When God gives us children, we should rejoice, knowing that He has entrusted to us His heritage. I must say to those who have not been granted the oversight of that heritage that you are not less loved by God. Those who are asked for the reason such sorrow has come need not imagine that they can provide an adequate answer this side of heaven. However, where children are given into the care of godly families, we need to see that such bairns are to be viewed as belonging to God and that they are entrusted to us only for a short while. When our home is blessed by the presence of children, we are to see those children as a divine reward. The absence of children does not imply that God gives us no reward. In that instance we may be assured that God Himself is our reward; let us draw comfort from that knowledge.
I have been blessed to have three children, each one the source of deep joy. Now, I have been blessed with six grandchildren—three boys and three girls. Though I don’t see these grandchildren near often enough, I am nevertheless learning the truth encapsulated by one of the Proverbs.
“Grandchildren are the crown of the aged,
and the glory of children is their fathers.”
My eldest daughter recently posted a moving testimony on Facebook. Let me share it with you. “Nine years ago, I was advised to abort my unborn child, because prenatal tests showed that he had Down syndrome. I said I didn't believe in killing children just because they were somehow deemed less than perfect according to somebody's arbitrary grading system. In fact, I don’t believe in killing children, period.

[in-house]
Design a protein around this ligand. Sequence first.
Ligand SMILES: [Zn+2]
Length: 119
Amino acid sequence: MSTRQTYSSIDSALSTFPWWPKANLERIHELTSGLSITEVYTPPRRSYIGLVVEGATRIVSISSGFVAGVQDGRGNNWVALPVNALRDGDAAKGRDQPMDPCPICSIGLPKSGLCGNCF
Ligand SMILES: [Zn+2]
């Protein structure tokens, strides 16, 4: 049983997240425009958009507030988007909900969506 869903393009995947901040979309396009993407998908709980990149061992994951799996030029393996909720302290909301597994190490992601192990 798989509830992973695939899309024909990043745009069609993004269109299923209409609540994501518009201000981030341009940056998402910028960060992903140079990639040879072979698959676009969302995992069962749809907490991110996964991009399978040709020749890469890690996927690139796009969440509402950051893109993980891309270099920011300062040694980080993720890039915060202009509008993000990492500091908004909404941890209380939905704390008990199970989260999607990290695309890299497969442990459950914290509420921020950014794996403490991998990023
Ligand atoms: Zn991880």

“After he was born, we learned that he had Mosaic Down Syndrome, and only 7% of his cells carry the extra chromosome. I didn't care. Big deal. So what? He's my boy, and he's just right.
“Today his counselor, after months of psychological testing and observation, told me that his intelligence and comprehension levels are off the charts for his age group, and for several age groups above his.
“The child they told me I should throw away because he would never be as smart as the other kids? Yeah, that one. Turns out he’s brilliant. They used the term ‘gifted.’ And I have it in writing.”
When children are present in the home, we are responsible to shape their lives, employing them as arrows that they might be directed in courses of godly employ. It must be our hope and our aspiration that our children honour God and prove a benediction to our lives.
There is yet one further word: we must see that large families are a blessing. I urge the people of God to guard our tongues against disparaging large families, for the Scriptures are nevertheless true when God says of sons born in one's youth:
“Blessed is the man
whose quiver is full of them.”
 Unless otherwise indicated, all Scripture quotations are from The Holy Bible, English Standard Version 2001 by Crossway Bibles, a division of Good News Publishers. Used by permission. All rights reserved
 The 72nd Psalm is the other Psalm that is attributed to Solomon.
 Suggested by James Montgomery Boice, Psalm 107-150: An Expositional Commentary (Baker, Grand Rapids, MI 2005) 1118-19
 William Swan Plumer (1802-1880), in Studies in the Book of Psalms, cited in C. H. Spurgeon, The Treasury of David, Volume 6: Psalms 120-150 (Logos Bible Software, Bellingham, WA 2009) 94